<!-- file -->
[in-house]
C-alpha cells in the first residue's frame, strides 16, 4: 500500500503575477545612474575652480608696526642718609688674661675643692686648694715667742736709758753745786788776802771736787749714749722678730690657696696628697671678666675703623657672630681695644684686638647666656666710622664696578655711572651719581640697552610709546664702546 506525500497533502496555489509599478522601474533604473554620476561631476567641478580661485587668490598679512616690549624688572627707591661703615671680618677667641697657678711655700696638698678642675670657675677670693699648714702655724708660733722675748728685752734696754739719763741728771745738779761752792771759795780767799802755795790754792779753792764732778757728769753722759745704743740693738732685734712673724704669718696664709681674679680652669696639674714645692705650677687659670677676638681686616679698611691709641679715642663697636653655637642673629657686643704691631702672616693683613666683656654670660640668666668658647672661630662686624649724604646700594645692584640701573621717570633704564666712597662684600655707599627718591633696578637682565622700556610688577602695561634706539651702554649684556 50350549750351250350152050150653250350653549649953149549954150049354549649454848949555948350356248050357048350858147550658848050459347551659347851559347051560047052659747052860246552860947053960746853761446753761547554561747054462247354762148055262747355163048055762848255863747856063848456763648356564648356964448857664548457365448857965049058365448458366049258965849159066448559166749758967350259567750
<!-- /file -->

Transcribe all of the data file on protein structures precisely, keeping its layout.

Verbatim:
[in-house]
C-alpha cells in the first residue's frame, strides 16, 4: 500500500503575477545612474575652480608696526642718609688674661675643692686648694715667742736709758753745786788776802771736787749714749722678730690657696696628697671678666675703623657672630681695644684686638647666656666710622664696578655711572651719581640697552610709546664702546 506525500497533502496555489509599478522601474533604473554620476561631476567641478580661485587668490598679512616690549624688572627707591661703615671680618677667641697657678711655700696638698678642675670657675677670693699648714702655724708660733722675748728685752734696754739719763741728771745738779761752792771759795780767799802755795790754792779753792764732778757728769753722759745704743740693738732685734712673724704669718696664709681674679680652669696639674714645692705650677687659670677676638681686616679698611691709641679715642663697636653655637642673629657686643704691631702672616693683613666683656654670660640668666668658647672661630662686624649724604646700594645692584640701573621717570633704564666712597662684600655707599627718591633696578637682565622700556610688577602695561634706539651702554649684556 50350549750351250350152050150653250350653549649953149549954150049354549649454848949555948350356248050357048350858147550658848050459347551659347851559347051560047052659747052860246552860947053960746853761446753761547554561747054462247354762148055262747355163048055762848255863747856063848456763648356564648356964448857664548457365448857965049058365448458366049258965849159066448559166749758967350259567750